Wednesday June 23rd, 2010

From All-Stars like Barry Bonds, J.D. Drew, Nomar Garciaparra and Robin Ventura to Hall of Famer Dave Winfield, future major leaguers are a regular part of the College World Series. Before Rosenblatt Stadium closes up shop next week, here are the 12 best pro prospects likely to join those players as big leaguers who first stepped onto the national stage in Omaha.

Purke turned down a reported $4 million signing bonus last summer after the Rangers drafted him No. 14 overall in 2009. He has all the most desirable physical tools: a 6'4" frame and power-throwing arm (94-96 mph fastball) from the left side. After winning his first start in Omaha, Purke is now 15-0 with a 3.03 ERA and 140 strikeouts in 110 innings. Arizona coach Andy Lopez, a 28-year Division I skipper who was previously at Florida and Pepperdine, called him "the best arm we saw all year." Jerry Ford, president of the scouting service Perfect Game USA, rated Purke the No. 1 high school pitcher last year. Ford says Purke is "very polished," combining the command and offspeed pitches of the Phillies' Cole Hamels with nearly the same arm strength as the Dodgers' Clayton Kershaw.

Cole was already a first-round pick out of high school, when the Yankees selected him No. 28 overall in 2008, and he has only improved his stock since then. The 6'4", 220-pound fireballer hits 98 mph with his fastball, one of Cole's "potentially three plus pitches," Ford says. "His changeup is really underrated. When he goes to pro ball, his changeup might end up being his best pitch." This spring Cole led UCLA's killer rotation and has gone 11-3 with a 3.26 ERA and 151 strikeouts in 116 innings, a staggering 11.7 K/9 ratio for a starter. He's a future major-league ace.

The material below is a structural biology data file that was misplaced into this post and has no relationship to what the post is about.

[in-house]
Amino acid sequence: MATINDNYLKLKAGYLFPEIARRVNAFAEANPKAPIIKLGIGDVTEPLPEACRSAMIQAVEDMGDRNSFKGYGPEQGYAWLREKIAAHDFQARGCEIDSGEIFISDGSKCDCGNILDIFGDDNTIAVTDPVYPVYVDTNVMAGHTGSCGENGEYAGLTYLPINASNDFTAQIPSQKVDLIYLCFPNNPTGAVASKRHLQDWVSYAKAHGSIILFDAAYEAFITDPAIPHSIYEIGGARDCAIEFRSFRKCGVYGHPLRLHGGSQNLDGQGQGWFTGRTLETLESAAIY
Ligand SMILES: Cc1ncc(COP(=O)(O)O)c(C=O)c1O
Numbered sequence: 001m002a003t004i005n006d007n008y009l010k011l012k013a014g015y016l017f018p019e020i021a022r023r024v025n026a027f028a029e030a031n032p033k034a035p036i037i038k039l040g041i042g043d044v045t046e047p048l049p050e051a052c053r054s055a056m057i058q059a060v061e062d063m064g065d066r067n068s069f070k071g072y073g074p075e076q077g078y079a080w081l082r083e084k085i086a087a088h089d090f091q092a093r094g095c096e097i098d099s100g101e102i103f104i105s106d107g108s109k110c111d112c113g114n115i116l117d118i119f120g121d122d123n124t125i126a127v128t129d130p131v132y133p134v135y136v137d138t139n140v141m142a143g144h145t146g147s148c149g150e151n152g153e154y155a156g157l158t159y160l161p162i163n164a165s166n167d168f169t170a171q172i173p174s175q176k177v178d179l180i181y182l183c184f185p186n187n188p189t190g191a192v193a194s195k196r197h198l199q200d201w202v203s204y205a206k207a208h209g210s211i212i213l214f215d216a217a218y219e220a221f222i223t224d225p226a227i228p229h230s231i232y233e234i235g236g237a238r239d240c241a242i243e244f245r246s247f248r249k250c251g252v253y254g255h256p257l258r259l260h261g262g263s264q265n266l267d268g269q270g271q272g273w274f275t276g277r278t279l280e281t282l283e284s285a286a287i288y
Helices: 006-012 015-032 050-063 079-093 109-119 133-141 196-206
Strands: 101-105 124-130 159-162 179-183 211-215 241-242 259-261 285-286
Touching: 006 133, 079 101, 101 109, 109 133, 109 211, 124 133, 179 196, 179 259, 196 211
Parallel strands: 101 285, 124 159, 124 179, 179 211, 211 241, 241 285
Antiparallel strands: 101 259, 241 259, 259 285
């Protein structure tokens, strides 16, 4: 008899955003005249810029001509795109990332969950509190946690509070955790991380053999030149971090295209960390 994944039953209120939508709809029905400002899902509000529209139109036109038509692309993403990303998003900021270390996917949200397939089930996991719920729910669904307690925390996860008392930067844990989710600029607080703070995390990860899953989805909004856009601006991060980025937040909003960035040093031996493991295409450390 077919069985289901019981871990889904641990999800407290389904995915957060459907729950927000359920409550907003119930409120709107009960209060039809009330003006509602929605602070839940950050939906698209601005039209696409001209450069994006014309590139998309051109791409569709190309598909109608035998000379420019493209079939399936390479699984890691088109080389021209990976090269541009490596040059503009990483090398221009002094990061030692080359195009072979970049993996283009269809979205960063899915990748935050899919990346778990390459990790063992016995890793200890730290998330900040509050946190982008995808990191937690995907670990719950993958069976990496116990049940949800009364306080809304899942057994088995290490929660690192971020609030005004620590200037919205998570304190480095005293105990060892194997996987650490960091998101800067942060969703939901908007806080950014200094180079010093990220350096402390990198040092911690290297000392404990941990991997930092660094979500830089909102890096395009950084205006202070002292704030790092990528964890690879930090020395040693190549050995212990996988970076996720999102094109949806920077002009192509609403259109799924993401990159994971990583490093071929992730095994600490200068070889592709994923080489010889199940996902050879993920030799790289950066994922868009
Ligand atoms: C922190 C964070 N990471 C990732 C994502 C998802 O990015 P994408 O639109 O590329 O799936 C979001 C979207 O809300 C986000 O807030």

The Rockies used a first-round pick on Parker but they may not be the only one to draft Clemson's slugging corner outfielder. The 6'1", 200-pound Parker is also the Tigers' starting quarterback, throwing for 2,526 yards and 20 touchdowns in the fall and could have a future in football too. But Parker also hit 20 home runs this spring, becoming the first Division I athlete to accomplish the 20-20 touchdown/home run double. He is also batting .351 with 64 RBIs. He doesn't run real well and is a middling defender, but the latter tool could improve if he concentrates on one sport.

Blair, a supplemental first-round pick of the Cardinals (No. 46 overall), spent the previous two seasons pitching in the shadow of Reds rookie Mike Leake and improved dramatically in the meantime. His ERA was 6.96 as a freshman and 3.64 this spring as a junior, a season in which he assumed Leake's role as Friday night starter and still went 12-1 matched up against the SEC's aces. Blair throws hard and has two very good secondary pitches that he throws for strikes, a changeup and his out pitch, the slider. "He has a real presence and purpose on every pitch," Lopez says.

As a second-round pick of the Cardinals, Swagerty could be Blair's major-league teammate too. He has a mid-90s fastball and a 12-to-6 curve ball that's his best pitch. Swagerty was Arizona State's closer and in that role had a 2.19 ERA and 14 saves, but he also played some first base, where he batted .352 in 15 games. "He's a very good athlete on the mound," says Lopez, adding that he could have a similar career path to Drew Storen, the former Stanford closer drafted by the Nationals in the first-round of 2009 and is already in the majors.